I figured this would become obvious as I kept reading but I didn't come across a clear rule. Yet it must matter, since the authors bothered to define the terms. I find myself wondering, perhaps this is an OCD trigger issue for me. You're no doubt wondering the same.
On page 49, it sounds like relative strength is the approach. On page 77, the authors introduce the phrase "generic momentum" as a time-series approach. Since they earlier spent a page defining time-series and relative strength, I was really hoping they'd come back to those terms again. Now I have three terms, but I feel pretty confident that I can reduce them to two, with time-series and generic as roughly equivalent. This was supported by "How to calculate generic momentum" on page 80. I'm not super confident though, because I kind of feel that if they wanted me to consider generic as isomorphic to absolute, they'd have said so back on pages 11/12.
Things sort of come together on page 122, where my sense is that the authors calculate generic momentum (time-series) and then use those scores to do relative strength measures against the universe of stocks. Well, whether or not that's what they meant, that's what I took out of it. Since I wasn't clear on the fundamentals from page 11 to page 122, I'm not confident that I have it right now either. And on page 172 they specifically mention time-series, but that may be to clarify the method used by the reference for that particular analysis.
In fairness, I am so much not the target audience of professional investment quants that I'm clearly not a good test subject for the readability of this minor detail within this book. But if the authors ever do another edition, in deference to the slower students, they really should consider changing the summary section on page 12 to something like this:
"You'll find that we also use the term 'generic momentum' as a synonym for time-series or absolute momentum. As you progress in this book, you'll find that we use a combination of the two (time-series and relative strength), using a time-series sort first, and then comparing the outcomes to the universe of stocks to get relative strength as the secondary measure." [Unless this is dead wrong. Sigh.]I'd also probably delete the sentences on page 12 that say these usually only matter to market-timing or asset-class selection which aren't the subjects of this book -- because it feels like the authors are telling the reader that they've wasted their time understanding a description of time-series and relative strength when it isn't even relevant to the book they are reading. And lead them to wonder what the authors do use.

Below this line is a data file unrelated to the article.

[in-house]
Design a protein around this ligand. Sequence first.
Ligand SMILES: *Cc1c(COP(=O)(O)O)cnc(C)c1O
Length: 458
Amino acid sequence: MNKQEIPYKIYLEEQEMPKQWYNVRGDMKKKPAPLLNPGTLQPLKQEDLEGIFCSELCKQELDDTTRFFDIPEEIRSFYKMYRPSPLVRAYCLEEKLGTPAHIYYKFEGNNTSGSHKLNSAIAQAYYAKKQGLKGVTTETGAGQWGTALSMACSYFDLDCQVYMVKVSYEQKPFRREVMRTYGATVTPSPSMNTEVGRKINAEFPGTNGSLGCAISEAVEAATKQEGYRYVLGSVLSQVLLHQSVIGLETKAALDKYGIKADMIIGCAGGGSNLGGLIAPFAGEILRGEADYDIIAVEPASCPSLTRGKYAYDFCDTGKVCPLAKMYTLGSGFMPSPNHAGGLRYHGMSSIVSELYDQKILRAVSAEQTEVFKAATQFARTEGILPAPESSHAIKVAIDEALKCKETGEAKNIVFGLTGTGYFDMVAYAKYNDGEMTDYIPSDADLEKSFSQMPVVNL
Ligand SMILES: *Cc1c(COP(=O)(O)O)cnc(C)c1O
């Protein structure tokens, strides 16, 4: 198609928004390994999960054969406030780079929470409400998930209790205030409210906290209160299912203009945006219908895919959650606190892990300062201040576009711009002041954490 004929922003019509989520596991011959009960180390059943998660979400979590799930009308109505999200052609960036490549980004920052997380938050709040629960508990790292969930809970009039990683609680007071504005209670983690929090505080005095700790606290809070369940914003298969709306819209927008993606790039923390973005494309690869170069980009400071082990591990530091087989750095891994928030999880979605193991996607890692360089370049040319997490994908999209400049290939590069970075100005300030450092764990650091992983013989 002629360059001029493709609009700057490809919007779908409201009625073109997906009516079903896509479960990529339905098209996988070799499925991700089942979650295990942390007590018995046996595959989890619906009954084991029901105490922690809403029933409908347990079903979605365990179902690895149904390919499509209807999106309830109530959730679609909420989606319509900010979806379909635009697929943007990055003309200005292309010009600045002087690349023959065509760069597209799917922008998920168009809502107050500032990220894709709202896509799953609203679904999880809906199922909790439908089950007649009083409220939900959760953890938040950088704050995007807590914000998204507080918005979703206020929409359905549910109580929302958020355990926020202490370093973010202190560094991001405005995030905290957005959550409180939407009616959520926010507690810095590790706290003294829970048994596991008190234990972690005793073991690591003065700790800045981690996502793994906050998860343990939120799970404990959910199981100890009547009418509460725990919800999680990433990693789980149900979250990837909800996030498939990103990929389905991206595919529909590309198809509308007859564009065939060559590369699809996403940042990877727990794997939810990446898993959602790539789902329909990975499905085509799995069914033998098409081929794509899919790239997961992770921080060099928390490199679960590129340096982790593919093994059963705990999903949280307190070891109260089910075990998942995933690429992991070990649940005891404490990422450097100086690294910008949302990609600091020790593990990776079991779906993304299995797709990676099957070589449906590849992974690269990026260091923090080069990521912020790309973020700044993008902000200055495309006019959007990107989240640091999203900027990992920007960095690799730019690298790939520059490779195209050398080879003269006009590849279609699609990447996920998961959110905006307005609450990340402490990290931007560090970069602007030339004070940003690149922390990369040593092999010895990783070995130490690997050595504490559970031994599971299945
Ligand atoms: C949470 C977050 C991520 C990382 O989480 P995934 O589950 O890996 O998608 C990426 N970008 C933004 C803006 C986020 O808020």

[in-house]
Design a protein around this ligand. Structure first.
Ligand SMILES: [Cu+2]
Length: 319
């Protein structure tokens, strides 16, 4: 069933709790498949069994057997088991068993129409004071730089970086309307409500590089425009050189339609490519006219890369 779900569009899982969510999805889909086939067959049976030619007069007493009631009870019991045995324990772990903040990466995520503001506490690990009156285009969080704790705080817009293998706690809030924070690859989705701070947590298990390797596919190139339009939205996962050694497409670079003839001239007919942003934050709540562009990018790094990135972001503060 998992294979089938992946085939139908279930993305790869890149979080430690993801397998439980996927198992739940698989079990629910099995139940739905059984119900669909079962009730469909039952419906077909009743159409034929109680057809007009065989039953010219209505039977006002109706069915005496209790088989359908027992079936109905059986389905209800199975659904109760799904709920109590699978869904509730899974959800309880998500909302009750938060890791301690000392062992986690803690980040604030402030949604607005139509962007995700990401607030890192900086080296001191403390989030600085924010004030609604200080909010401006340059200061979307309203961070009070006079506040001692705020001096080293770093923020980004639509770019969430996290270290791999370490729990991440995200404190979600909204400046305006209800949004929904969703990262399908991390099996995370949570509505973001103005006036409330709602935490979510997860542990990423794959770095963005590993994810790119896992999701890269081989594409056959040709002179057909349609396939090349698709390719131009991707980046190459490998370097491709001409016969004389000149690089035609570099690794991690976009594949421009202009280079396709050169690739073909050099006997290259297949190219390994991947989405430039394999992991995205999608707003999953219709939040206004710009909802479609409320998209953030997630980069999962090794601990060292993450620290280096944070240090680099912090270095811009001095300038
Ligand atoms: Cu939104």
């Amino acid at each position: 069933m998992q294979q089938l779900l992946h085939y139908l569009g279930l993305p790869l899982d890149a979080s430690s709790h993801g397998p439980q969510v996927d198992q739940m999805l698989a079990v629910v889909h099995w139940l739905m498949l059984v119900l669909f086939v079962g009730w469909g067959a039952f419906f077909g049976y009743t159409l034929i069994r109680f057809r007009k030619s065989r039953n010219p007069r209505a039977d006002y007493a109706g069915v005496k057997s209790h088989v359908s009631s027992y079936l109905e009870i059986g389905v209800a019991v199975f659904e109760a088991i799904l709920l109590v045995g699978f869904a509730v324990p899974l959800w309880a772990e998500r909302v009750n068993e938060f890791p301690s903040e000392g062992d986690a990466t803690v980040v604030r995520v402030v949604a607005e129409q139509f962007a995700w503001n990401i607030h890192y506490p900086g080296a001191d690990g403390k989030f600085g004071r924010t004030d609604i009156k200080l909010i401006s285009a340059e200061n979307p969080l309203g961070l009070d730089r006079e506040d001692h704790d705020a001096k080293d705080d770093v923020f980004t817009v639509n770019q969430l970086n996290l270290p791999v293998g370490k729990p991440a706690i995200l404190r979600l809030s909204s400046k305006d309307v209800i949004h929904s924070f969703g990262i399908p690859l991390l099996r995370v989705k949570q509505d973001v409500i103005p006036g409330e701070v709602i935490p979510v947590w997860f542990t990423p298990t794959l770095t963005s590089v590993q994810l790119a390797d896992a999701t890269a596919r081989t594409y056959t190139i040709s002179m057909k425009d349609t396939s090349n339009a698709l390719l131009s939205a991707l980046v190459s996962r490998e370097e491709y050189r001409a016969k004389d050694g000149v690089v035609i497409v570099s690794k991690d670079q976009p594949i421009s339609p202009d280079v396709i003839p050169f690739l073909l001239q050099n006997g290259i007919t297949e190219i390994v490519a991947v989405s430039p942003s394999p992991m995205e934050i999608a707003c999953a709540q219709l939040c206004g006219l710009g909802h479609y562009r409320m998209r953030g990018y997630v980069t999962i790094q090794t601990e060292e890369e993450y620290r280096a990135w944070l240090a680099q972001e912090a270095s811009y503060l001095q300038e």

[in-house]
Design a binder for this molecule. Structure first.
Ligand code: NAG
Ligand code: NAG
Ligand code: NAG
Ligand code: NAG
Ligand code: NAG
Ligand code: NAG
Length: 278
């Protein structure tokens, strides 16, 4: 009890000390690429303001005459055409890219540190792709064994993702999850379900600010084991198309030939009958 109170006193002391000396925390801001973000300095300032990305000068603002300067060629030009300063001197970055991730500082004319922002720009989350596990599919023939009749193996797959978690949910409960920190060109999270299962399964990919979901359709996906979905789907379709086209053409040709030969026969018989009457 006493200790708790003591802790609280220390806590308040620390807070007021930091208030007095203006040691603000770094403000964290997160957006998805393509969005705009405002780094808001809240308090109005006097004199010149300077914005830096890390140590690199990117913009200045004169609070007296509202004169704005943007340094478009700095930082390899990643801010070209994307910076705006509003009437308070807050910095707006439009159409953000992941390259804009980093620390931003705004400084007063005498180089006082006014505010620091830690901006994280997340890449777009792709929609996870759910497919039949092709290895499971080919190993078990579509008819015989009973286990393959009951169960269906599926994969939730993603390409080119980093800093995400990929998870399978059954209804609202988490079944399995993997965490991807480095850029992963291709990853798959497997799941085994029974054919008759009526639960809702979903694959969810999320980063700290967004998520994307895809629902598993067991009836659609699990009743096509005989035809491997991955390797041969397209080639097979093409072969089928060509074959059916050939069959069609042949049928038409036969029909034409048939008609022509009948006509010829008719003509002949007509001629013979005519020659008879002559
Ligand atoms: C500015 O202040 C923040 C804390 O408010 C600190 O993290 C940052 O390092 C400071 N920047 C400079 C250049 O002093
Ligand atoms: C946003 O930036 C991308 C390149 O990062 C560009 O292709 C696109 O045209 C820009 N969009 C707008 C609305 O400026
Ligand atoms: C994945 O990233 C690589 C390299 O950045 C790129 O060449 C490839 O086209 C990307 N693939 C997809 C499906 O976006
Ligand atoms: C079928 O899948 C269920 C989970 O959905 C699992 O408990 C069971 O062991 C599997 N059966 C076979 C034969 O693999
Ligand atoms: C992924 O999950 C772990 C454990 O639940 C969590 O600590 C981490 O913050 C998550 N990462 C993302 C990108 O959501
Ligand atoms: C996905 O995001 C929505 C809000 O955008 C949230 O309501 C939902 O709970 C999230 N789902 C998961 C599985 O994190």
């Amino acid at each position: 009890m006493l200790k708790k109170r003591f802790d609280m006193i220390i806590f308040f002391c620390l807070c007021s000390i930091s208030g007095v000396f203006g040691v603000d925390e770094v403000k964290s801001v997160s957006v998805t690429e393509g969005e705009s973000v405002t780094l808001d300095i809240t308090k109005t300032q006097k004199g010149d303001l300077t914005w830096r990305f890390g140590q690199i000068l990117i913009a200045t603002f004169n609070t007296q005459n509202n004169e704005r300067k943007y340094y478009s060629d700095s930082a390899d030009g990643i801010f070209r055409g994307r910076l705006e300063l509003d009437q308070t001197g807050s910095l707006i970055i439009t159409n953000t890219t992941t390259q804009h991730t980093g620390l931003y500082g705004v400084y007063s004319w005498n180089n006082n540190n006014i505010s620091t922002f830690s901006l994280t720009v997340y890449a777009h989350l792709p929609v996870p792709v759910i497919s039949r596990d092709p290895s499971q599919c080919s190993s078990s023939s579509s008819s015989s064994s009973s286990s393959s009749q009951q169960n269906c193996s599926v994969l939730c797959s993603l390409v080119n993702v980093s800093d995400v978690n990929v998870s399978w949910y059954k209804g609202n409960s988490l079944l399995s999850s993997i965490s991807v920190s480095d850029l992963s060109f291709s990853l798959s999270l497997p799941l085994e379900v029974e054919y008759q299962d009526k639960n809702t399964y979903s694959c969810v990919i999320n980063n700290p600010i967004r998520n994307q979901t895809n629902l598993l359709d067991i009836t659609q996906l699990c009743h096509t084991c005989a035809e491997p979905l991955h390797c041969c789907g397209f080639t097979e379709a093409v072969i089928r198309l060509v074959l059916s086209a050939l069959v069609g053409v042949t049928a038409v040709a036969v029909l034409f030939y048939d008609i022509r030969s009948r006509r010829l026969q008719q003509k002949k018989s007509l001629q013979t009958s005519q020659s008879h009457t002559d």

Okay, barring that, I really loved the book! Well written, very clear, and good examples.

  • Carl
    2018-09-07 07:56

    This is a terrific book. As good as the authors' prior book, "DIY Financial Advisor," which was also great. I strongly recommend reading both of these books, plus "Quantitative Value" (even though it isn't as smoothly written, the content is excellent).I did, however, manage to get myself all sorts of confused about which approach to measuring momentum the authors use in "Quantitative Momentum." I believe this would not have been a problem for me if two approaches to measurement hadn't been laid out early on, on page 11.
There, the authors start out saying they're going to outline what they mean by stock selection momentum. Then they define two approaches to measure momentum, time-series versus relative strength. The explanation is clear. Although the conclusion is puzzling to me, as on page 12 they say that these two approaches are often used in market-timing or asset-class selection, neither of which is the focus of the book.